This would be a design defect argument which asserts that a defect was inherent in the design of the system itself. The families would have to establish that an alternative design would have been safer than the original and such a design would have been economically feasible. In this situation, family representatives can argue that the transponder systems should have been designed with a backup power source so that any system malfunction or human intervention on-board would not have disabled ACARS and other transponders.  Considering the risk such a back-up system would have averted, the adoption of it would have been reasonable and most likely very inexpensive.

Clearly, there are a myriad of issues concerning the potential recovery for Flight 370 families. More questions will be answered in the coming weeks and months but at the very least, we should all hope that the data recorders are recovered and that family members can have some level of closure by knowing the causes of this tragedy.

Posted by Sami Goel, THE GOEL FIRM, P.C.

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Texting Liability: Can someone texting a driver be liable for a subsequent accident?

A New Jersey appeals court recently held that in certain situations, a party can be held liable for texting a driver who is subsequently involved in an accident. In Kubert vs. Best, a New Jersey court reviewed a case involving a 2009 vehicle accident, where Kyle Best, 18, crashed his truck into a married couple riding a motorcycle. Best’s pickup truck crossed the double center line of the roadway and struck the motorcycle resulting in the loss of limbs of both riders. At the time of the accident, Best had been texting back and forth with a female friend, Shannon Colonna, 17.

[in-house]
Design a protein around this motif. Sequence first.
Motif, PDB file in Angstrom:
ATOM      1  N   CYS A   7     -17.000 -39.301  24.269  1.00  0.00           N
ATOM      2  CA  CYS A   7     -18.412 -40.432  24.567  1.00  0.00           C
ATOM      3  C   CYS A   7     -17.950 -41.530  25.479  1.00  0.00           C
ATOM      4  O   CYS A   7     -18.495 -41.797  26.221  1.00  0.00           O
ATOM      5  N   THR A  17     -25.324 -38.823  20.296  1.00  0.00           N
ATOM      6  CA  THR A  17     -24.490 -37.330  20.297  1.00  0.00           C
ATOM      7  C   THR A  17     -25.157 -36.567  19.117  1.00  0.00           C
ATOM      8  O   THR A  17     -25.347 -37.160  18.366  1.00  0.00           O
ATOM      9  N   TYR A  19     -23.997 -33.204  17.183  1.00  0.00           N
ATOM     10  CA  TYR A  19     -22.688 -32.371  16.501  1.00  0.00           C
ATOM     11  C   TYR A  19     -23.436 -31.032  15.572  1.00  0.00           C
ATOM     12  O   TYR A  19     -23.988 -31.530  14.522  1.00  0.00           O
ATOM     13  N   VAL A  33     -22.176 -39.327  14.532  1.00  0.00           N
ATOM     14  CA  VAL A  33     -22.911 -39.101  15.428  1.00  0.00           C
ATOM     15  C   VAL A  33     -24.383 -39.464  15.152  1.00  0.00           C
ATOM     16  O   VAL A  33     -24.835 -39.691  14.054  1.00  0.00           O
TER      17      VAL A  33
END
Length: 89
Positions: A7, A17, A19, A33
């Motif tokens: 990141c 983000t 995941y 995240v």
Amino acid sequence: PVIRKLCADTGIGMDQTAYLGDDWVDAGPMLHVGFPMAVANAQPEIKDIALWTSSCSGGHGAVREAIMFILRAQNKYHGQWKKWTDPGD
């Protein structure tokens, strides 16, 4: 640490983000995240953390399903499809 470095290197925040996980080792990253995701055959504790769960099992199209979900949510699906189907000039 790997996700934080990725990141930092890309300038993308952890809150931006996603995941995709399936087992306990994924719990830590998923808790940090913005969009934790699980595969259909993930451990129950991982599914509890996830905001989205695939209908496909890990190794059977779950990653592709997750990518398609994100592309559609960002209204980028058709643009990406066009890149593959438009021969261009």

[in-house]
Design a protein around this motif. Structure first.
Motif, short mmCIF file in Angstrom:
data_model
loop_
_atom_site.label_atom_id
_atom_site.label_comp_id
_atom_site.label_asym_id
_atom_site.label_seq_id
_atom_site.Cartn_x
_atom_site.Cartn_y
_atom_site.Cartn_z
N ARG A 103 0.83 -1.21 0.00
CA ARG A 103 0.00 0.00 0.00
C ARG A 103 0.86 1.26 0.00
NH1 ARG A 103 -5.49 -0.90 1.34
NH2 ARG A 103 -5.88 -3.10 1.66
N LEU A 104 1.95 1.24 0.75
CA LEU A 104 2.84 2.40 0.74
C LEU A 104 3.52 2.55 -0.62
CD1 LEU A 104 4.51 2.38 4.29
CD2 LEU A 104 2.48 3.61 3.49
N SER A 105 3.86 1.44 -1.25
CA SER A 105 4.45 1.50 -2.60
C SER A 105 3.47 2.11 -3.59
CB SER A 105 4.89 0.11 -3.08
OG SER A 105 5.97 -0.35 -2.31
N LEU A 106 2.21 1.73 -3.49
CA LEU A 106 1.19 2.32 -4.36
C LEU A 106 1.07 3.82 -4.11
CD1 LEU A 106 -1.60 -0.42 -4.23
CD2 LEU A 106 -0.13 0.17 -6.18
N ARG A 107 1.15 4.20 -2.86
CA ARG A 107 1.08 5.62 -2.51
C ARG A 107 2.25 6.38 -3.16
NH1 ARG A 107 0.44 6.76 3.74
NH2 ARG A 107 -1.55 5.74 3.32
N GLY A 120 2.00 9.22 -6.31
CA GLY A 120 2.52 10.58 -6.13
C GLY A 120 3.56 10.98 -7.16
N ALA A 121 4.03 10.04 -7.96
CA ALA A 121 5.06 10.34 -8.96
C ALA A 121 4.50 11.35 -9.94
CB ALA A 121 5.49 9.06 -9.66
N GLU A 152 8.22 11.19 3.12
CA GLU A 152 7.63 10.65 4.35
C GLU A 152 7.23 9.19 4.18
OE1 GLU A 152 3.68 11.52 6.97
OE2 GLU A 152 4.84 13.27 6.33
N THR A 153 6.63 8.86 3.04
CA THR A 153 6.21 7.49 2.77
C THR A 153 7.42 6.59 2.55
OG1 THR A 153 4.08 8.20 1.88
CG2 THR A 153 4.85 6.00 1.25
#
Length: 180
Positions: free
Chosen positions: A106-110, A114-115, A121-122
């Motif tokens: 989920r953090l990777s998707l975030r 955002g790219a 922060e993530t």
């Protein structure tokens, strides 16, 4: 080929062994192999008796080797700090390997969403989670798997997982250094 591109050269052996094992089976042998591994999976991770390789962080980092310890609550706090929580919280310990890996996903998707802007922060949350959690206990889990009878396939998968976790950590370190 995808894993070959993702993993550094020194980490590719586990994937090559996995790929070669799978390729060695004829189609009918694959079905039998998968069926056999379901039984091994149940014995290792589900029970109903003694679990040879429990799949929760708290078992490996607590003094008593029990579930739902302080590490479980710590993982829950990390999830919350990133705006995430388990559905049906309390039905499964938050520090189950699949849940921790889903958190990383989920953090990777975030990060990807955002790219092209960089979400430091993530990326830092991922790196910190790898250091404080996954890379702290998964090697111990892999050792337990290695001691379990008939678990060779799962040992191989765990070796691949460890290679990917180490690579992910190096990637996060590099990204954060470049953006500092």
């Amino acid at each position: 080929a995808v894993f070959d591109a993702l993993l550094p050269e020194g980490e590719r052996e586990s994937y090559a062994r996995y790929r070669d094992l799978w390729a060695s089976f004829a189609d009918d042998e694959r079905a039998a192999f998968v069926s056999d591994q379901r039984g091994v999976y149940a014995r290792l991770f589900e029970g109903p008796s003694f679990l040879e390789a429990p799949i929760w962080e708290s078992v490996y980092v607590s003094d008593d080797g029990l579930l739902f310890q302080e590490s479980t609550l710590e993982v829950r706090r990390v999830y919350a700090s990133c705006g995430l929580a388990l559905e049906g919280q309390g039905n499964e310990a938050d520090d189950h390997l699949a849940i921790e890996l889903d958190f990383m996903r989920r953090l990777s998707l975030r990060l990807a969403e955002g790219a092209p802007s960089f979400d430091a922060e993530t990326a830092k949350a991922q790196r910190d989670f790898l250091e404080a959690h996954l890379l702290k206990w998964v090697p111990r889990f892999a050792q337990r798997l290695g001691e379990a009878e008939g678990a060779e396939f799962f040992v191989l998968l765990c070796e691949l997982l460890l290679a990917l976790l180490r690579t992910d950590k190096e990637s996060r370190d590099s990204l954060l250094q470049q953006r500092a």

The riders of the motorcycle settled with Best, but also filed claims against Best’s acquaintance, Colonna, claiming that she was partially responsible for distracting Best while he was driving. Although the New Jersey appellate court ruled against the riders for lack of sufficient evidence for their claim against Colonna, the court held that a texter could be held civilly liable for distracting a driver, provided that the texter had good reason to believe that the driver would actually respond to the outgoing text. The court held: “We hold that the sender of a text message can potentially be liable if an accident is caused by texting, but only if the sender knew or had special reason to know that the recipient would view the text while driving and thus be distracted.” Despite this holding, the court held that there was insufficient evidence provided by plaintiffs to demonstrate that the sender of the text, Colonna, knew that the driver would respond to the text while operating the vehicle.

The court used the “full duty analysis” as one legal justification to support their holding. Under this analysis, the court identifies, weights, and balances the relationship of the parties, nature of the risk, the opportunity and ability to exercise care, and the public interest in the proposed solution. The court argued that when the sender of the text message knows that the message will reach the driver while operating a vehicle, the sender has a relationship to those on roadways similar to that of a passenger physically present in the vehicle. Like a physically present passenger, the texter has a duty to avoid distracting the driver. The court further addressed the foreseeability of risk and the public’s concern and measures to deter texting and driving: